• Alzheimer disease;
  • BACE1;
  • BRI2;
  • familial Danish dementia;
  • mouse models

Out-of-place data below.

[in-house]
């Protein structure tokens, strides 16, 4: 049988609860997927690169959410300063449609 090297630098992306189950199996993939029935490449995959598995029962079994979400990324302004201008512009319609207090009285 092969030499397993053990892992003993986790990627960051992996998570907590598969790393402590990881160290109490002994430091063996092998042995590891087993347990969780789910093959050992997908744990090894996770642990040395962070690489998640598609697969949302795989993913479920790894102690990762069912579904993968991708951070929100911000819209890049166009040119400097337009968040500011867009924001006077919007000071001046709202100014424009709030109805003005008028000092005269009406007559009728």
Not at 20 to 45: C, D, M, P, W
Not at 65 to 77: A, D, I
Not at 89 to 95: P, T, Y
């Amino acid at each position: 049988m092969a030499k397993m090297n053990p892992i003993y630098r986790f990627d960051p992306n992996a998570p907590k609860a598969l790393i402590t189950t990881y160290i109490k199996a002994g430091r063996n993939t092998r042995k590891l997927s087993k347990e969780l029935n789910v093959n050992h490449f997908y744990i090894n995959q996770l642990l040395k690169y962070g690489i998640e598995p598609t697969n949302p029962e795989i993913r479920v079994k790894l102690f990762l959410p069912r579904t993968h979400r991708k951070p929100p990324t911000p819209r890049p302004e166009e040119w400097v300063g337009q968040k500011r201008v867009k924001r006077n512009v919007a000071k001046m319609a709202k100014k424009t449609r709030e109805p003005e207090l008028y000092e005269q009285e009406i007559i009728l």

A mutation in the BRI2/ITM2b gene causes loss of BRI2 protein leading to familial Danish dementia (FDD). BRI2 deficiency of FDD provokes an increase in amyloid-β precursor protein (APP) processing since BRI2 is an inhibitor of APP proteolysis, and APP mediates the synaptic/memory deficits in FDD. APP processing is linked to Alzheimer disease (AD) pathogenesis, which is consistent with a common mechanism involving toxic APP metabolites in both dementias. We show that inhibition of APP cleavage by β-secretase rescues synaptic/memory deficits in a mouse model of FDD. β-cleavage of APP yields amino-terminal-soluble APPβ (sAPPβ) and β-carboxyl-terminal fragments (β-CTF). Processing of β-CTF by γ-secretase releases amyloid-β (Aβ), which is assumed to cause AD. However, inhibition of γ-secretase did not ameliorate synaptic/memory deficits of FDD mice. These results suggest that sAPPβ and/or β-CTF, rather than Aβ, are the toxic species causing dementia, and indicate that reducing β-cleavage of APP is an appropriate therapeutic approach to treating human dementias. Our data and the failures of anti-Aβ therapies in humans advise against targeting γ-secretase cleavage of APP and/or Aβ.